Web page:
lace. This was one of those quaint Italian friendships I • Look at that, look at that!' chuckled the canonico, have so often noticed. It commenced in boyhood at rubbing his hands with glee; that is the lace which the seminary, had been renewed on our host's estab- all the ladies of Loretto, and Recanati, and Maceratalishing himself at Loretto, and would probably yes, all of them together--are envious of, when I walk continue unbroken till the end of their days. Regu- in the procession of the Corpus Domini! I have been larly as clock-work used Don Antonio to come every offered five hundred dollars for it by a Russian princess evening to make la società_limited to himself, I who came here on a pilgrimage; but I could not believe--play at cards, and discuss the petty scandal make up my mind to part with it. Look at that of the place. I asked him if they ever read, at which tracery-look at that ground, it is perfect - not a he shrugged his shoulders, and said that after going thread broken ;' and he descanted on it with the through the daily office in the breviary, for his part he zest of a connoisseur. must own he had had enough of study. This facetious When he paused in his raptures—Signor Canonico, response was loudly echoed by the canonico, and they meekly suggested La Signora Placida, may I fetch laughed over it in chorus with a sound more resem- the stole you have just had worked ?' bling the shaking of stones in a barrel than any human "Ah, the little vain thing !' was the rejoinder ; "she manifestation of hilarity.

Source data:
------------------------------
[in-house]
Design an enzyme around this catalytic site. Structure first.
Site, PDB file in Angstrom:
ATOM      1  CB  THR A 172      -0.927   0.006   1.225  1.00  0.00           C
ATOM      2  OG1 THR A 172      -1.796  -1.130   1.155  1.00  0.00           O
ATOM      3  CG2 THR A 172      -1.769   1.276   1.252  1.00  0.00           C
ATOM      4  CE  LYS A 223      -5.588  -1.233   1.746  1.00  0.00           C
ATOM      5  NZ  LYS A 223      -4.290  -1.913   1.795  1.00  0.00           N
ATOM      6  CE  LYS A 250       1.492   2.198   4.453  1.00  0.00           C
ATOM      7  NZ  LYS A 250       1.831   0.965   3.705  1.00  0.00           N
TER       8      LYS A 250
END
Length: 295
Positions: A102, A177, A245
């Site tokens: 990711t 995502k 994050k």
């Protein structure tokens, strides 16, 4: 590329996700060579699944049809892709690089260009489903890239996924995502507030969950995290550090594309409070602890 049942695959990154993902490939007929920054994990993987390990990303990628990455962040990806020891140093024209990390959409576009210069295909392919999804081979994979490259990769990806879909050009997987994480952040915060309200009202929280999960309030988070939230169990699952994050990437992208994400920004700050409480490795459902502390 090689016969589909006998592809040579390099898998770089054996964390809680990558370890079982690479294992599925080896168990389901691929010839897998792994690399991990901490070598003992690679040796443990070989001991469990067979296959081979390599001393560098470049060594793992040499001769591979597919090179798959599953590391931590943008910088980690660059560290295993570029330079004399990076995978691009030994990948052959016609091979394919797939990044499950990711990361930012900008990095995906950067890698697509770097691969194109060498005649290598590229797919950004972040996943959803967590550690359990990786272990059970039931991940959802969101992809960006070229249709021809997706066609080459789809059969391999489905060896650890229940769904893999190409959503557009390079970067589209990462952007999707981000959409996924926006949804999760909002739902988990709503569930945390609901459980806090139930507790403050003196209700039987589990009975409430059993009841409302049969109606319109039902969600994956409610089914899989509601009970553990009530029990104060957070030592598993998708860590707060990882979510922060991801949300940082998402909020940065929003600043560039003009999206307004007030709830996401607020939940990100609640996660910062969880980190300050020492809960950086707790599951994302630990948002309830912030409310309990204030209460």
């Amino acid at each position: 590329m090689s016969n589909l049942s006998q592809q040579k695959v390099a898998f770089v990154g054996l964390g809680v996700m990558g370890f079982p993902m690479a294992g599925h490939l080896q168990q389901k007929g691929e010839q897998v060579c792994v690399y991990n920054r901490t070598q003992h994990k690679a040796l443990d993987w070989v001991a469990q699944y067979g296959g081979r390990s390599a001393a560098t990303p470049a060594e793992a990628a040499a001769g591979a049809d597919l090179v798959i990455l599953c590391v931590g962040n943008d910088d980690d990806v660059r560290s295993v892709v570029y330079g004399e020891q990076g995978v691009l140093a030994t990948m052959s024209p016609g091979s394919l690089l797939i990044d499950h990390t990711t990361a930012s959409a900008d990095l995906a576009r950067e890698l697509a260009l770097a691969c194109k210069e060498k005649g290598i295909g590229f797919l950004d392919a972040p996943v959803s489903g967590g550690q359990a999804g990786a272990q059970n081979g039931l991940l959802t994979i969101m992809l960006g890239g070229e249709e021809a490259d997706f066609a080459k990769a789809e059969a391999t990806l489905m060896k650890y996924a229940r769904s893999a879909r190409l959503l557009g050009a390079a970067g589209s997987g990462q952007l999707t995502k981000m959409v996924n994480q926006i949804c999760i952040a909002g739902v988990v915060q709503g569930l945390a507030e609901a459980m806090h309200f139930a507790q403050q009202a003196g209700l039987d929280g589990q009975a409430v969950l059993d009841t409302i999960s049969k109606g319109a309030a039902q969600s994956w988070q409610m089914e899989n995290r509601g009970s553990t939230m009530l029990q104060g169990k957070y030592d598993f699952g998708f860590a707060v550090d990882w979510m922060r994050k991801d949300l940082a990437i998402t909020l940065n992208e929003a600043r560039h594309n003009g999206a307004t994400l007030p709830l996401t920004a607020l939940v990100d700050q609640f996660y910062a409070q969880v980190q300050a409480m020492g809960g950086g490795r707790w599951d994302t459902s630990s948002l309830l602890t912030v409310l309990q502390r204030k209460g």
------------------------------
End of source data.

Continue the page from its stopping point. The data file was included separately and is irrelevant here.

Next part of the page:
is so proud of my vestments! It is a trifle thoughThe chocolate was now brought in by the serra, and Well, well, bring it out.' And from a long pasteboard handed to us by the two friends and the niece. It box, duly enveloped in tissuie-paper, the Signora was made thick, and served in cups without handles, Placida drew forth a gorgeous stole, the original and tea-spoons not being apparently considered requi- texture cloth of silver, but almost concealed by raised site, the uninitiated found some difficulty in discussing embroidery in gold. it with propriety; but after watching our entertainers, “The canonico has not worn this yet; it is for we perceived that the approved method was to steep the great funcione—that is, church-ceremony-of the in it morsels of rusks which had been distributed at Madonna in August,' said the niece, with as much the same time, and then convey them daintily to one's earnestness as if she were a lady's-maid talking of lips through the medium of the thumb and forefinger. her mistress's preparations for a ball, and disposing This was followed by trays of ices and sweetmeats it so that it might be viewed to the greatest advantage. from the caffè, the canonico observing significantly, It really was beautiful as a work of art, due to the he well remembered the signorine were always fond skill, as Don Antonio informed us, of another set of of dolci; and when, to please him, every one had eaten nuns, who exclusively applied themselves to needleas much as he possibly could, he insisted on pouring work in gold and silver. all the remaining bon-bons into our handkerchiefs, to The pleasure this good man took in the display of amuse us, as he expressed it, on our way home. his friend's possessions, impressed me very favourably.